Coping with Isolation During Coronavirus
America’s drug epidemic has recently added a global pandemic to its course of destruction, causing immense consequences to everyday life. This pandemic is known as COVID-19. COVID-19 or coronavirus, has shut down businesses, schools, and activities around the nation.
Coping with isolation during the COVID-19 shutdown can be especially hard for people in recovery.
Addiction often means loneliness and isolation. However, recovery is the opposite. Addicts and alcoholics rely on their support networks to stay sober and sane, especially during hard times. Unfortunately, with the coronavirus pandemic and social distancing, socializing is the exact opposite of what we should be doing.
So, how do those seeking recovery from addiction find balance coping with isolation, recovery from addiction, and staying safe in the time of coronavirus?
How Coronavirus Impacts Individual Recovery
Coping with isolation isn’t the only impact coronavirus has on recovering addicts and alcoholics. This article discusses how the virus has shut down AA meetings, addiction treatment centers, and even doctor’s offices where recovering people get the care they desperately need. For example, many drug rehabilitation centers are not accepting new patients, and many twelve-step meetings have moved online.
In addition to these complications, people who suffer from active addiction might be at even higher risk of contracting COVID-19. The National Institute on Drug Abuse shared that the use of some drugs, primarily through smoking, can increase respiratory issues. Because COVID-19 causes respiratory problems, people who have damaged their lungs through inhaling marijuana, methamphetamine, or other drugs may suffer more impacts if they get the virus.
So, the question remains- how can we stay safe while coping with isolation?
Coping With Isolation, Accessing Care, and Staying Safe
So- going outside or catching a movie isn’t exactly an option right now. But there are several things we can do to stay sober, sane, and safe during coronavirus.
The following can assist us in coping with isolation and things to do during the quarantine.
- Check out a virtual Zoom meeting. It might not be the same as an in-person meeting, but it provides a chance to connect with others in recovery.
- Call friends and family to check on them. Sometimes, checking on others can take us out of one’s sense of loneliness.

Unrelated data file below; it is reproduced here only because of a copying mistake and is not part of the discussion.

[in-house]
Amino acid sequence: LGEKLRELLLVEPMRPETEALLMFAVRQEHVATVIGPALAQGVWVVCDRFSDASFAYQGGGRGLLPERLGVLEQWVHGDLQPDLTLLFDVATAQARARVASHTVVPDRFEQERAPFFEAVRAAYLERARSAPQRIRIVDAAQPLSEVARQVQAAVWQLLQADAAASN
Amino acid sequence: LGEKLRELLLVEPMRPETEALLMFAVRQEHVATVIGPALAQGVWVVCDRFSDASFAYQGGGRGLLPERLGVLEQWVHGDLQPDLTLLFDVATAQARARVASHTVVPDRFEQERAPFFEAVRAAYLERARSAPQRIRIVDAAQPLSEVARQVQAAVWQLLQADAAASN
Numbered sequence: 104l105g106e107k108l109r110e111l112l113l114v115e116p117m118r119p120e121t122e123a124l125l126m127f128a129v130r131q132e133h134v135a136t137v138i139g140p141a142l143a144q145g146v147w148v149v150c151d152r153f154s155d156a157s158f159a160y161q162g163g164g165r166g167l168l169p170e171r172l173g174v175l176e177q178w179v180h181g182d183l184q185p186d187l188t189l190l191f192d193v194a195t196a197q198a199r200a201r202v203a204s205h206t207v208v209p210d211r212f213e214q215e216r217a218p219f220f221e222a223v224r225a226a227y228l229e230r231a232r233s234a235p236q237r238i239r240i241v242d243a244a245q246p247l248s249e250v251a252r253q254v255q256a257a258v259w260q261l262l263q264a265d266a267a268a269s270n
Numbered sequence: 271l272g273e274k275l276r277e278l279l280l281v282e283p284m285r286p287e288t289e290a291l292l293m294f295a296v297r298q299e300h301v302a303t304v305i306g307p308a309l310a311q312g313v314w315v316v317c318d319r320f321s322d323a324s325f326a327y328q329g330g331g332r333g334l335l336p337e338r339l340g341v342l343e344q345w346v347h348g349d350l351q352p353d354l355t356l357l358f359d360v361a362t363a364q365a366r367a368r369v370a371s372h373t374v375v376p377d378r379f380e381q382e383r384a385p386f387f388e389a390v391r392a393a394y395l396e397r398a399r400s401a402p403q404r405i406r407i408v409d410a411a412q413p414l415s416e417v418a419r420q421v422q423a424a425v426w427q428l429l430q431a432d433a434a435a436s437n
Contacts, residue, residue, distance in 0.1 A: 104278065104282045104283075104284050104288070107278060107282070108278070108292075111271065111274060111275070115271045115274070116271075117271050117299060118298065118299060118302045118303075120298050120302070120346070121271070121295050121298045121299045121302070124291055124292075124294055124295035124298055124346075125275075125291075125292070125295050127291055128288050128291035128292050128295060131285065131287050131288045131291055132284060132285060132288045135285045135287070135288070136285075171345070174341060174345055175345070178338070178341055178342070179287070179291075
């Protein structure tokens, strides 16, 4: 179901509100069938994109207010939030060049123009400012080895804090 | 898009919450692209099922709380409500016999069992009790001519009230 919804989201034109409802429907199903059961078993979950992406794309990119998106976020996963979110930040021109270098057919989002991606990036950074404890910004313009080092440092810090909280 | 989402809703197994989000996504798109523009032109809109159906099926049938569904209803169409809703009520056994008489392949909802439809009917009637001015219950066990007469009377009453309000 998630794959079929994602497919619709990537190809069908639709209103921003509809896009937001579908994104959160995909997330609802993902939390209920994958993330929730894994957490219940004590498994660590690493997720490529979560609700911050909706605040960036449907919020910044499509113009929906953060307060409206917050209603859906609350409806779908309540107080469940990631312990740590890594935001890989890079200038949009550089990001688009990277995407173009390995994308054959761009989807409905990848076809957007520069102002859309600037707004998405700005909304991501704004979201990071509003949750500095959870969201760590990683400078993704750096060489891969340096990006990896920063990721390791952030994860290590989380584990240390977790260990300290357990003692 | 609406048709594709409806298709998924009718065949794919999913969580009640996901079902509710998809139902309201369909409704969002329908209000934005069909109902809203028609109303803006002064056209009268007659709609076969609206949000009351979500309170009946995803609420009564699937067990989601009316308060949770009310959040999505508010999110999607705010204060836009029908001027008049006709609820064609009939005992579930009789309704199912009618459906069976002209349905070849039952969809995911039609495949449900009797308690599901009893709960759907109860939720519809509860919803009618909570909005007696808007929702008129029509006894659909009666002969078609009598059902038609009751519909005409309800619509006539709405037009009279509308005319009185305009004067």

- Keeping a routine. Trying to stay as “normal” as possible can help fight depression and anxiety.
- Call your sponsor or try Telehealth services with a licensed therapist.
- Take a safe, socially-distanced walk. Fresh air and smiling at the neighbors (from a safe distance of 6 feet!) can boost the mood.
In addition to these skills for coping with isolation, there are several things we can do to maintain overall mental and physical health. Crises like coronavirus can impact mood and produce a sense of uncertainty and fear.
The following suggestions can keep depression and anxiety at bay:
- Yoga, stretching, and in-home exercise
- Meditation and prayer
- Making art and listening to music
- Eating regular, healthy meals and getting enough sleep
- Taking breaks from social media
- Reading, puzzles, games, or anything that keeps your mind occupied
- New hobbies, like learning to bake or knit
- Keeping in touch with friends
- Being gentle with yourself- it’s ok if this is not your most productive month, or if you need to take a nap. Listen to your body and brain!
How Can I Get Help During Coronavirus?
What is coping with isolation is the least of your problems during coronavirus? Some people are going to need help with a drinking or drug problem, regardless of the virus. Fortunately, while some drug treatment centers have closed, many others have implemented strict policies to prevent spread and still offer quality care. If you find yourself in need, please reach out to us today- we are ready and willing to help.
Many offices provide telemedicine for treatment, medication, and general medical concerns. You don’t have to miss vital care during coronavirus, and you don’t have to sacrifice your health either. These times are tough and uncertain, but no matter what, drinking or using will never be the answer. If we unite together, support one another, and look our for our neighbor, better times are certainly ahead.